Fibonacci Numbers in Nature

The sequence, in which each number is the sum of the two preceding numbers is known as the Fibonacci series: 1, 1, 2, 3, 5, 8, 13, 21, 34, 55, 89, 144, 233, 377, 610, 987, 1597, 2584, 4181, ...  (each number is the sum of the previous two).

The ratio of successive pairs tends to the so-called golden section

(GS)= 1.618033989 . . . . . whose reciprocal is 0.618033989 . . . . . so that we have 1/GS =GS-1.

The Fibonacci sequence, generated by the rule f(1) = f(2) = 1 , f(n+1) = f(n) + f(n-1),
is well known in many different areas of mathematics and science. However, it is quite amazing that the Fibonacci number patterns occur so frequently in nature ( flowers, shells, plants, leaves, to name a few) that this phenomenon appears to be one of the principal "laws of nature".

"The Fibonacci numbers are Nature's numbering system. They appear everywhere in Nature, from the leaf arrangement in plants, to the pattern of the florets of a flower, the bracts of a pinecone, or the scales of a pineapple. The Fibonacci numbers are therefore applicable to the growth of every living thing, including a single cell, a grain of wheat, a hive of bees, and even all of mankind. "



Fibonacci was known in his time and is still recognized today as the "greatest European mathematician of the middle ages." He was born in the 1170's and died in the 1240's and there is now a statue commemorating him located at the Leaning Tower end of the cemetery next to the Cathedral in Pisa. Fibonacci's name is also perpetuated in two streetsthe quayside Lungarno Fibonacci in Pisa and the Via Fibonacci in Florence.

His full name was Leonardo of Pisa, or Leonardo Pisano in Italian since he was born in Pisa. He called himself Fibonacci which was short for Filius Bonacci, standing for "son of Bonacci", which was his father's name. Leonardo's father( Guglielmo Bonacci) was a kind of customs officer in the North African town of Bugia, now called Bougie. So Fibonacci grew up with a North African education under the Moors and later travelled extensively around the Mediterranean coast. He then met with many merchants and learned of their systems of doing arithmetic. He soon realized the many advantages of the "Hindu-Arabic" system over all the others. He was one of the first people to introduce the Hindu-Arabic number system into Europe-the system we now use today- based of ten digits with its decimal point and a symbol for zero: 1 2 3 4 5 6 7 8 9. and 0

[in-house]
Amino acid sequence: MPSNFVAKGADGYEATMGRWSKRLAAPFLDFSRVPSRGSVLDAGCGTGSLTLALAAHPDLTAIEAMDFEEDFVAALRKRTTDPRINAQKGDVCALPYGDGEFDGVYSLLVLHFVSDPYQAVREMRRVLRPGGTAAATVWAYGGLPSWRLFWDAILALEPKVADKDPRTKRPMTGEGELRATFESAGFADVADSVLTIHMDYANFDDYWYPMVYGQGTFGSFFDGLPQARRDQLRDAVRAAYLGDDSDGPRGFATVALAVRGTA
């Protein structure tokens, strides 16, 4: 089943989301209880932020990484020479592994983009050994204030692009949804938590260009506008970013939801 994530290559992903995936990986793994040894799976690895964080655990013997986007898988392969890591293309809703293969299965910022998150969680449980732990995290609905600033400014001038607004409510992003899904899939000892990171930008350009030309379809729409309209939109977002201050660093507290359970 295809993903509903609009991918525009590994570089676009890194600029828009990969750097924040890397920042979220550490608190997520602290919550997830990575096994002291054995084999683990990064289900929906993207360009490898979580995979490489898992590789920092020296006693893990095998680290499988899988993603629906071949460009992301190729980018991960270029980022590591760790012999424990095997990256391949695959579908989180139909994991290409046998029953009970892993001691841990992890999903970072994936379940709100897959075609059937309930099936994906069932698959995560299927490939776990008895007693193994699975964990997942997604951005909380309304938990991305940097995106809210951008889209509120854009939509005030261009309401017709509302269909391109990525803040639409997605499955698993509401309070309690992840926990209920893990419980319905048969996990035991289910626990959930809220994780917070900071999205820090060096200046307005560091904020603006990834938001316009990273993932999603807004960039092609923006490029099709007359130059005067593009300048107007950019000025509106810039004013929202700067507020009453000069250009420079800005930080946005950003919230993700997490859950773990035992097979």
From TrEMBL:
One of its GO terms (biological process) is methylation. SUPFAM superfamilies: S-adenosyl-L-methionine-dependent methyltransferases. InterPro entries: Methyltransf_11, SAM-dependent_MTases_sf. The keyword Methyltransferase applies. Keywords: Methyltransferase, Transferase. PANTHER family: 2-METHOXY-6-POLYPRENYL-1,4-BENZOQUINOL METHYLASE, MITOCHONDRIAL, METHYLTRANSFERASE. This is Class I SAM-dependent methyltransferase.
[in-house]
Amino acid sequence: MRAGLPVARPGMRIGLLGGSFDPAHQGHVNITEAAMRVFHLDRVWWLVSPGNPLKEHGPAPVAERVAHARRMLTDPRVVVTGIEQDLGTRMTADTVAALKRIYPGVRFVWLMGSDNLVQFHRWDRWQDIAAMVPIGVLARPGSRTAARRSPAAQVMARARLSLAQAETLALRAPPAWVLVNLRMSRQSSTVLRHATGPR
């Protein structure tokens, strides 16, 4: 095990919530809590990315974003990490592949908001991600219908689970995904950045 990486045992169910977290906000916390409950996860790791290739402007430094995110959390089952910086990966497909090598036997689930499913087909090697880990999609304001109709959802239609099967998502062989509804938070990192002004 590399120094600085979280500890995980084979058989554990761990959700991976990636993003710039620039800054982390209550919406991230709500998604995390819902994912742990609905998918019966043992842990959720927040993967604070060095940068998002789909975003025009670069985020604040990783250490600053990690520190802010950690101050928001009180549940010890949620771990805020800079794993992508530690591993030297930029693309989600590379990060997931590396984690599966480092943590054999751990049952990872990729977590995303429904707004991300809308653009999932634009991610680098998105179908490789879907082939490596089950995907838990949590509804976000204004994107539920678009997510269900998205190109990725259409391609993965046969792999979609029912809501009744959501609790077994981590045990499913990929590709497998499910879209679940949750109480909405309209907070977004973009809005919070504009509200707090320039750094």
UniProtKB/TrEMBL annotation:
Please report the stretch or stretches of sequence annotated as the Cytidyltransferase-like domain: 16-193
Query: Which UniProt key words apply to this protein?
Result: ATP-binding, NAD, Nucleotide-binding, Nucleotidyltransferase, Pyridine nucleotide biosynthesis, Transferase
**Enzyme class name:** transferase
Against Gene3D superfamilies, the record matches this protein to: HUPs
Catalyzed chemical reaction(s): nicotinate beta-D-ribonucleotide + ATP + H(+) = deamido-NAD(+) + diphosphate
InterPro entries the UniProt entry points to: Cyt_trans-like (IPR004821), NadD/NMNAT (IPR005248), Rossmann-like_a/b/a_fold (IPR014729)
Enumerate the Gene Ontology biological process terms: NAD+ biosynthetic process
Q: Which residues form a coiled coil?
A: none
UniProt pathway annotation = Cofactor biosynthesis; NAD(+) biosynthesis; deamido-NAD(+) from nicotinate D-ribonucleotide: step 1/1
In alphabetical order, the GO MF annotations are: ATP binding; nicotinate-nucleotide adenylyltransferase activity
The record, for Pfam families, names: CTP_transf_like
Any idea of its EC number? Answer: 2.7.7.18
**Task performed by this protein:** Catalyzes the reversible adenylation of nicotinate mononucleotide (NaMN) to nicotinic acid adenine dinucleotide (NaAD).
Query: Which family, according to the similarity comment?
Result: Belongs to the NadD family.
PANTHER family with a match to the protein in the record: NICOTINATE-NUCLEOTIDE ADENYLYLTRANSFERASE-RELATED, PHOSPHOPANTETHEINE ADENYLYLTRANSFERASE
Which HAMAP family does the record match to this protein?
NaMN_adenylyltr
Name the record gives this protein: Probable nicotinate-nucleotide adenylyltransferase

His book on how to do arithmetic in the decimal system, called Liber abbaci (meaning Book of the Abacus or Book of calculating) completed in 1202 persuaded many of the European mathematicians of his day to use his "new" system. The book goes into detail (in Latin) with the rules we all now learn in elementary school for adding, subtracting, multiplying and dividing numbers altogether with many problems to illustrate the methods in detail.


Fibonacci and Nature

Plants do not know about this sequence - they just grow in the most efficient ways. Many plants show the Fibonacci numbers in the arrangement of the leaves around the stem. Some pine cones and fir cones also show the numbers, as do daisies and sunflowers. Sunflowers can contain the number 89, or even 144. Many other plants, such as succulents, also show the numbers. Some coniferous trees show these numbers in the bumps on their trunks. And palm trees show the numbers in the rings on their trunks.

Why do these arrangements occur? In the case of leaf arrangement, or phyllotaxis, some of the cases may be related to maximizing the space for each leaf, or the average amount of light falling on each one. Even a tiny advantage would come to dominate, over many generations. In the case of close-packed leaves in cabbages and succulents the correct arrangement may be crucial for availability of space.